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A new TRAX line may be coming soon that would directly connect — without transfers — the University of Utah, downtown Salt Lake City and the airport. It would use existing rails without the need of new construction, aside from some minor signal work.

The Utah Transit Authority has won $2 million toward that effort through a federal Congestion Mitigation and Air Quality Improvement grant.

"It's a short-term operating grant" that would help run the line for up to three years, said UTA General Manger Michael Allegra.

He said the estimated operating cost is about $2 million a year. So UTA must come up with commitments for about another $4 million to allow running the line for at least the three years required by the grant before it could open.

The new grant "is a kick-off, starter fund we could use. But it's not enough money to run it" for those three years, Allegra said. "So we're looking for other funding partners," including perhaps the city, university, businesses or others that would benefit from the line.

Allegra said UTA has no projected or even hoped-for start date yet, and that depends on finding more financial partners. "Whenever the money comes, we'll be able to start the software development" for signals, begin the training of operators and start soon afterward. He said UTA does not need to buy any more train cars to operate the line.

The UTA used to offer direct service between the university and downtown Salt Lake City on what was once called the University Line — so needed rails and switches are in place. But when a TRAX extension was built to South Jordan, the Red Line then ran between that suburb and the university — bypassing downtown Salt Lake City unless riders transfer.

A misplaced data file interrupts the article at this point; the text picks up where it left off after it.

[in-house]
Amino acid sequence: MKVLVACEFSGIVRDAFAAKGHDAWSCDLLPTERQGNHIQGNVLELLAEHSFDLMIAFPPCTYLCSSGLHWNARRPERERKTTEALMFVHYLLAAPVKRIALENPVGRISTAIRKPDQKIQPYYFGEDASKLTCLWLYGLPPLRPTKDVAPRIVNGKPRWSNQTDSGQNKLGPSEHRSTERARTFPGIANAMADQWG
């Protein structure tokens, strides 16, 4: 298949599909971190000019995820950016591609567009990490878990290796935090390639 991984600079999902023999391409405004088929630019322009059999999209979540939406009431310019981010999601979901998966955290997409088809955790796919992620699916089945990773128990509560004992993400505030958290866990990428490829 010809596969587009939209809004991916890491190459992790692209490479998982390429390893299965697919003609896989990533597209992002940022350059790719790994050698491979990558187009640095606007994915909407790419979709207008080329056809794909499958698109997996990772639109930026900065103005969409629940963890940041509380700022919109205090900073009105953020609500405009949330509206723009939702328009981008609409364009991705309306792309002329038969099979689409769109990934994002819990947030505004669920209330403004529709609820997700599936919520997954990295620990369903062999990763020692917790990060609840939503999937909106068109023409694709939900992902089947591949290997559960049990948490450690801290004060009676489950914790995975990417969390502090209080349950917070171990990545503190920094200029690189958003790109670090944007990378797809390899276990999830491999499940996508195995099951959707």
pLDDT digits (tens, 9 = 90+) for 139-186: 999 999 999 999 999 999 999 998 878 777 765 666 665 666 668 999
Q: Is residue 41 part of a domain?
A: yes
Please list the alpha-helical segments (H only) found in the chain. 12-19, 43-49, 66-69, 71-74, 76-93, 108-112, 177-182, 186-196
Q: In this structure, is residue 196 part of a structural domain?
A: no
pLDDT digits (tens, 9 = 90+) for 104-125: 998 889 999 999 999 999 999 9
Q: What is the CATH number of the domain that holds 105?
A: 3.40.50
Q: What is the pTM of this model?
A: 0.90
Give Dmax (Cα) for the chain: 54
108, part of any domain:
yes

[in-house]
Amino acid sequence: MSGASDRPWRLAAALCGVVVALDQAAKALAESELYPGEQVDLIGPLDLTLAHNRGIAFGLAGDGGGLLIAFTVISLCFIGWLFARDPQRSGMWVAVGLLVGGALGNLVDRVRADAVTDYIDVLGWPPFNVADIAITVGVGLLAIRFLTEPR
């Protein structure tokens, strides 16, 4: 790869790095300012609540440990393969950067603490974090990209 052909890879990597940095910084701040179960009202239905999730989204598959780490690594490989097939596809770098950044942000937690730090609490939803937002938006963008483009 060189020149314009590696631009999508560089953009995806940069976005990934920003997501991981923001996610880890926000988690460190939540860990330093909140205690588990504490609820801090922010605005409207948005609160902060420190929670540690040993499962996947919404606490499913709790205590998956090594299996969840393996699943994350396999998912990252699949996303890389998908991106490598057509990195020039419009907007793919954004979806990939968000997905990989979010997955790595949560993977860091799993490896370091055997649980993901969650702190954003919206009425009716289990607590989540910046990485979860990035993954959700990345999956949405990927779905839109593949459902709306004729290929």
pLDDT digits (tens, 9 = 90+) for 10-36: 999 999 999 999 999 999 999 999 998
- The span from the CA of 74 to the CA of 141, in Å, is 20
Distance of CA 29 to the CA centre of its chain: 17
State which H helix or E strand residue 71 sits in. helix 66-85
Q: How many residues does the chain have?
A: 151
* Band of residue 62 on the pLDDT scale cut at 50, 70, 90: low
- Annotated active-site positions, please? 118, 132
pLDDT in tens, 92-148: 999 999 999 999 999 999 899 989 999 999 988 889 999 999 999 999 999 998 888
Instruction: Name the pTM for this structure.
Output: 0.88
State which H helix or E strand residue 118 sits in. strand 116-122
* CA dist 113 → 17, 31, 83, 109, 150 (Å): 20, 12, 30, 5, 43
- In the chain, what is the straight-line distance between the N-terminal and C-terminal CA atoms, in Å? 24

When the new airport TRAX extension was finished last year, UTA chose to connect it to the Green Line that runs through downtown Salt Lake City, then to West Valley City — and not the university — saying that allowed the most efficient configuration for the overall system.

Allegra said UTA envisions retaining the current Green, Red and Blue lines, but adding the fourth yet unnamed line to connect "with direct service the three largest traffic generators in the valley — downtown, the university and the airport."

He added the new line will probably go only as far as the Stadium station at the university, and not to the end-of-the-line Medical Center station.

The new line would also increase frequency of service at Salt Lake City stations, he said. Now, the Green and Red lines are running every 15 minutes at those stations. Adding new-line service between the already scheduled trains would increase weekday service to every 7.5 minutes between the university and downtown; 7.5 minutes between the airport, downtown and the university; and 5 minutes within the central business district (where the Blue line also runs).

Allegra said the new line could also help better connect the FrontRunner commuter rail system with the university. Those who exit it in downtown Salt Lake City need to make at least one transfer on TRAX from the Green or Blue lines, or take the No. 2 bus for direct service to the university.

Allegra said many riders have asked for the direct airport-downtown-university connection.

"I think there's a market and a thirst for making this connection. And anytime we get anybody out of a car and onto a train, it helps the air, the energy, the congestion," he said.